Brexit. Marine Le Pen. Geert Wilders. Democratic deficit. Euroskepticism. Euro Stop. Nigel Farage (…gasp…)Yes sure, you’ve seen these hair-rising words all around the media sphere and probably heard them in your groups of friends. According to the media, Europe is dying. Also according to the media, Hillary Clinton was about to win the U.S. elections. Just sayin’. Alright. Fake news in the hood. One recent event that I attended proved us that the EU is not on a highway to hell, but rather on a stairway to heaven.
Two days after the end of the European Youth Convention in Strasbourg (March 9-12), I jumped on a plane and flew to Torremolinos, a beautiful sunny touristic city by the sea in the South of Spain. Some European NGOs were hosting the WoDFEU forum (Work on Democracy and Federalism in Europe), until March 19. This seminar gathered around 50 young people from 12 different EU countries; we had the honor to receive lectures from high-profile speakers such as Enrique Barón Crespo -former President of the EU Parliament- or Cesar Díaz-Carrera -professor of Political Sciences at Universidad Complutense de Madrid.
The most significant outcome of this seminar was a street action we organized in Torremolinos’ city center. We went out in the main streets and remained standing in pairs, holding signs -written in different languages- aiming to raise questions among the passerby: “Can we make a better Europe?“, “Make Europe great again“, “What do you want from the EU?”…Haters gonna hate… But the response was overall positive and heartening. Both tourists and locals stopped by, intrigued by these weird quiet and immobile youngsters. Some stopped to express their support to the European project, willing to push for more solidarity regarding the refugee crisis, or even ask for more unity. Some of course stopped to express their disbelief and skepticism.
Such as this fellow who approached one of us, reacting to a sign, and bluntly saying: “We can’t go out on the street in London anymore, it’s like a battlefield…” “It’s the EU’s fault…“. Or this other person complaining about Brussels being a bureaucratic monster. But do you know that there are more employees and so-called ‘technocrats’ in Hamburg or merely at Paris City Hall, than there are ‘Eurocrats’ at the European Union Headquarters?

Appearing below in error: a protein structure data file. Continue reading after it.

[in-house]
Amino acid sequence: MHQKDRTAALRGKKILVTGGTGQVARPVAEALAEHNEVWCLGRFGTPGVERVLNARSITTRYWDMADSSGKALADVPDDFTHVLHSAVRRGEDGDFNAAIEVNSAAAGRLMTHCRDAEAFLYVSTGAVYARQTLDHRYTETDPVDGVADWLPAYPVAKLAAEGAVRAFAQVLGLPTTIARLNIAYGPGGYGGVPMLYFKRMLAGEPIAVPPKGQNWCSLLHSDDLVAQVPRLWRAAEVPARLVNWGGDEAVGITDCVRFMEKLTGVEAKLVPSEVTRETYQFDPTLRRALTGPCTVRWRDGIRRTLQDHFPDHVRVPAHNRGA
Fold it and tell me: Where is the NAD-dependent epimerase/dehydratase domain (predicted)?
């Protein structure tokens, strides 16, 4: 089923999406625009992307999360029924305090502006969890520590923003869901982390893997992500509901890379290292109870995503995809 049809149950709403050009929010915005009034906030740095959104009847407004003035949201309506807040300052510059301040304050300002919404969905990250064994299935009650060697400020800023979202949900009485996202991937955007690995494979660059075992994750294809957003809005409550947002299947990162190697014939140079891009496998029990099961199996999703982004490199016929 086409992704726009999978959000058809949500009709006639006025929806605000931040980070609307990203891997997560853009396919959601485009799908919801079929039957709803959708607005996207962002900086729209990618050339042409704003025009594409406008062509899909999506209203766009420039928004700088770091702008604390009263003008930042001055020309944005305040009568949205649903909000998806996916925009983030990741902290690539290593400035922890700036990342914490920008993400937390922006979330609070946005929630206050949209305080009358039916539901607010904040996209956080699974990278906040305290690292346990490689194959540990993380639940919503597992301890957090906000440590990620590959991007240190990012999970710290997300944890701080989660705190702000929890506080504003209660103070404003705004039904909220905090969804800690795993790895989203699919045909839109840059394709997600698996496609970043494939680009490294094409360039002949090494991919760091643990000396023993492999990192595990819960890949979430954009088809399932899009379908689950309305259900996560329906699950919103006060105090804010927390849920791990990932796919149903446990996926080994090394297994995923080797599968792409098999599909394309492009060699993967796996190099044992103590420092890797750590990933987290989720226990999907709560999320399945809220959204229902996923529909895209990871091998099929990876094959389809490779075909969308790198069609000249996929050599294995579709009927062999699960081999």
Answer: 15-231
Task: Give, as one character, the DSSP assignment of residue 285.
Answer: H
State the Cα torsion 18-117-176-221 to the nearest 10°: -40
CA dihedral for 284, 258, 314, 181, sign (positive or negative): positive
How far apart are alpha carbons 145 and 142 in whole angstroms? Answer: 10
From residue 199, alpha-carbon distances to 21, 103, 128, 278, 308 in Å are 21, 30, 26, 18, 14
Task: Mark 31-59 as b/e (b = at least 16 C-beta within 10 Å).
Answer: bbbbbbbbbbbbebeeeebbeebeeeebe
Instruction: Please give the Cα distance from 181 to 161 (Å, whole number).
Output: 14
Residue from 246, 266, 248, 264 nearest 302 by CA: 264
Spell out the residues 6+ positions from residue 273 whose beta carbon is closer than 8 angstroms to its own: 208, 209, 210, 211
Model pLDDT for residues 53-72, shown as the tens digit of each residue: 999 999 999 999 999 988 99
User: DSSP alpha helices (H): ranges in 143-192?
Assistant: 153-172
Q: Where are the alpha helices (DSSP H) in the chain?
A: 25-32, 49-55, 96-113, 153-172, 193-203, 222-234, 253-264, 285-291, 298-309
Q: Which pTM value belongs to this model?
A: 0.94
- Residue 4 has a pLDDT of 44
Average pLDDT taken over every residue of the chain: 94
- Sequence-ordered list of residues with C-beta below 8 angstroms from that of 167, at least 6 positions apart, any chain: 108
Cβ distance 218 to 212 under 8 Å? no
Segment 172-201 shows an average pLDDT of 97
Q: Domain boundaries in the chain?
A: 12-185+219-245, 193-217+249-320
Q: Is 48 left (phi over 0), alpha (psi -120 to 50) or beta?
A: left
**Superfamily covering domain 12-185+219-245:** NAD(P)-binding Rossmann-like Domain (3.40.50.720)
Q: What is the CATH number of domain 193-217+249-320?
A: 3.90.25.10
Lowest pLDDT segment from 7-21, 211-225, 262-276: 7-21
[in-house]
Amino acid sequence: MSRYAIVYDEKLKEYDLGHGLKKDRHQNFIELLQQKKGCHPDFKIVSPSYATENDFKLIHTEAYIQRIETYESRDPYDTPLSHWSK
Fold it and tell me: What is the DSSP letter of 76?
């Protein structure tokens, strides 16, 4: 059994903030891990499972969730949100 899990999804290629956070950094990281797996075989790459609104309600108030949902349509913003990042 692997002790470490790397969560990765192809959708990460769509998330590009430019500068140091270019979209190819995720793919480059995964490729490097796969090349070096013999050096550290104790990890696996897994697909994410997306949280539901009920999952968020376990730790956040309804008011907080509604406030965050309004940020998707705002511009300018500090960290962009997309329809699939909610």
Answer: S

Most of our interlocutors agreed with our ideas and values, one lady even affirmed that “la unión hace la fuerza” (‘Union makes strength’). The feedback was surprisingly better from the elderly people. Maybe because “they had to fight to get the level of democracy and rights that we have today” as argues one of the team members. As one of our participants puts it, “to emphasize the joy of cooperation and living abroad was the message we spread during this day“. That was indeed the image we were reflecting. None of the duos had members of the same origins. More than 75% of us went on at least one Erasmus exchange. Europe had brought us here, united in diversity.
The ‘Brexit + Donald Trump’ combo led everyone to think that there would be an unstoppable wave of populism taking over European governments. Austria was the first to stop the wave by electing Alexander Van Der Bellen against the populist candidate Norbert Hofer. Then the wave turned into a pond, with Geert Wilders getting slapped in the face by the results of the Dutch elections. Now all eyes are turned towards France.
The outcome of the French elections -April 23 and May 7, 2017- will shape the future of the European project and the direction it will take. A candidate such as far-right populist Marine Le Pen has the power to take it many steps backwards. A candidate such as centrist Emmanuel Macron has the opportunity to bring a fresh renewal and hopefully to work towards a Federal EU.
I hate polls. Personal feelings aside, let me conclude though this article with a recent poll from CSA-La Croix in France released before the 60th anniversary of the Treaty of Rome. 66% of the respondents showed support to the EU and 67% to the Eurozone. Never have I ever felt so much Europe. Time to chug your shot.
Kevin Rousseau: a passionate European activist and student, born French with a Spanish mother. He is also a Modern Languages graduate from University of Strasbourg (France) and University of Southampton (UK), and an International Relations master’s candidate.
Foto: Yogesh Mhatre